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Everything You Need To Know About BJJ Turtle Guard

Everything You Need To Know About BJJ Turtle Guard

If you can't defend yourself, relying solely on offense won't get you far in a sport like Brazilian Jiu-Jitsu. Learning about the critical defensive techniques and positions is vital for every BJJ practitioner to give a tough time to their opponents and defend themselves in the most effective way.

In BJJ, we hear people talking about only attacking techniques like arm locks, leg locks, chokes, and submissions more often than the defensive techniques and tactics to prevent opponents from attacking you or winning any points in battles.

Turtle guard is one of the best-known defensive positions in BJJ, and every BJJ fighter should learn to have a strong defense against their opponents in all kinds of competitions.

Also Read: Top 5 Positions for BJJ Beginners

In this post, you will learn about every aspect of this defensive position that can help you prevent yourself from getting trapped by your opponents during training or competitions, both in Gi BJJ and No-Gi BJJ.

1. What is The Turtle Position?

The turtle position is adopted from Judo, where it is considered the mother of all defensive positions. However, in BJJ, considering the competition and game rules, it offers much more than what it offers in judo. Turtle guard is one of the most effective ways to get your opponent off guard and attack from an unexpected position.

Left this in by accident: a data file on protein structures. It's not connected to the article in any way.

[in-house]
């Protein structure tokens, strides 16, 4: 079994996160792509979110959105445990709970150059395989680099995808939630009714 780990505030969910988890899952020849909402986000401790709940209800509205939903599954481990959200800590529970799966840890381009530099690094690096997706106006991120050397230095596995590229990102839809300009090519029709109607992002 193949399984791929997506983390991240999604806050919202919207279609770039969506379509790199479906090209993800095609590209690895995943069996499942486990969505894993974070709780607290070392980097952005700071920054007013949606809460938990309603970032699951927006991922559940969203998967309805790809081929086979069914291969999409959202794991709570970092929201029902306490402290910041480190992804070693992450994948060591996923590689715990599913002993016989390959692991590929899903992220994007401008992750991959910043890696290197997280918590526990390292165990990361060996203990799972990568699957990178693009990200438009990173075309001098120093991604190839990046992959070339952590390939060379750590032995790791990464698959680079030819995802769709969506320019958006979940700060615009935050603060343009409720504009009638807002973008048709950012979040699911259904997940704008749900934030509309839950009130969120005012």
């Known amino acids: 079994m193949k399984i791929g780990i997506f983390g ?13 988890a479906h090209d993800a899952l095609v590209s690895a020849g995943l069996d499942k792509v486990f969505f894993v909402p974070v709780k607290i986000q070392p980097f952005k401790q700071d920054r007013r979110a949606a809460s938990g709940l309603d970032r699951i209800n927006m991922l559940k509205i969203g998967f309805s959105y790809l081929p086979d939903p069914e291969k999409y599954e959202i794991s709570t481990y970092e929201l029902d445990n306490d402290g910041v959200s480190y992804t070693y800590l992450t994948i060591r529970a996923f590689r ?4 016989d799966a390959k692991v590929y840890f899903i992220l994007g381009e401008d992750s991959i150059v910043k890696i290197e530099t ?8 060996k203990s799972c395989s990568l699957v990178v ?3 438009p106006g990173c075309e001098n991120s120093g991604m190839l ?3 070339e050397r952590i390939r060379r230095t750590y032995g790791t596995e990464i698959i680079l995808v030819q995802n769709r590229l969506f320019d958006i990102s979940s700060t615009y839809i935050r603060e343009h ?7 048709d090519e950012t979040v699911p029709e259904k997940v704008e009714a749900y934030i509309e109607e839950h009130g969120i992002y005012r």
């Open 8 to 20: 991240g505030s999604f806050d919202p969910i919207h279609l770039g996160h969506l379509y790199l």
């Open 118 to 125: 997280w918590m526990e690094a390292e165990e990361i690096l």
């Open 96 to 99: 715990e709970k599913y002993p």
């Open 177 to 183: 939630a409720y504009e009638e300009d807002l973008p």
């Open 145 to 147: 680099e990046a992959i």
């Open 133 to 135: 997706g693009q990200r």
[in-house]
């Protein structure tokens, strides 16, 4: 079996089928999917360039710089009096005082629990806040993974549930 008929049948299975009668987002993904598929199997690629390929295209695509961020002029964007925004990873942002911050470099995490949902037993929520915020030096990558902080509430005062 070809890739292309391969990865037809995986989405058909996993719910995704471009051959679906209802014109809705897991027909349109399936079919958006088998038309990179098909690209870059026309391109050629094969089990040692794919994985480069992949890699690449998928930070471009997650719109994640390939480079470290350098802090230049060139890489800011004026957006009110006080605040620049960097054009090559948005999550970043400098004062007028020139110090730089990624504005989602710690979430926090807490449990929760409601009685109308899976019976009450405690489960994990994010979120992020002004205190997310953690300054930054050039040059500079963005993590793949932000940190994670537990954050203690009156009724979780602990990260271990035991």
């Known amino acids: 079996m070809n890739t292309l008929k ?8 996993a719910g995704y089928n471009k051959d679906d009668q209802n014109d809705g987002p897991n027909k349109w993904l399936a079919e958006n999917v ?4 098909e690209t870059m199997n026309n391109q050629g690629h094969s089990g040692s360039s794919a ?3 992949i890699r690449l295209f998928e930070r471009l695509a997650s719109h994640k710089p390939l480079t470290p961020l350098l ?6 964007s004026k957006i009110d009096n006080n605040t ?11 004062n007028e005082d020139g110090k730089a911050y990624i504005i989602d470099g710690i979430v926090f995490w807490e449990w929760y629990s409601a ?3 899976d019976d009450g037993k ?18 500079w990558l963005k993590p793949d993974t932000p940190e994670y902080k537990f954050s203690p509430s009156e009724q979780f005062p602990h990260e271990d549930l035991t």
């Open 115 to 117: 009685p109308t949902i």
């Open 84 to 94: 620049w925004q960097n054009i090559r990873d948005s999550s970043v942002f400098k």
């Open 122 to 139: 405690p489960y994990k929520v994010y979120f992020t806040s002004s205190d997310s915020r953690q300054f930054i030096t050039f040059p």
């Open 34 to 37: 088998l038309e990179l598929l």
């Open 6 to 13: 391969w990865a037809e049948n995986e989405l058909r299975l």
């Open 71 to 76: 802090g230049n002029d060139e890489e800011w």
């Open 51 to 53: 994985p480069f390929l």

In this position, one fighter gets on his hands and knees with his head tightly tucked in, and the other fighter usually gets on top or behind him. The basic purpose of this guard position is to prevent your opponent from attacking you.

2. Benefits of the Turtle Position

There are plenty of benefits to putting yourself into the turtle guard. A few of the important ones are listed below.

  • This is a great way to defend against aggressive attacks by your opponents because it gives you time to catch your breath, replan your line of action, and consider your next move.
  • The most important benefit of putting yourself into a turtle position is that your opponent will not get 3 important points for the guard pass, which can be a deciding factor in determining whether you win or lose a fight.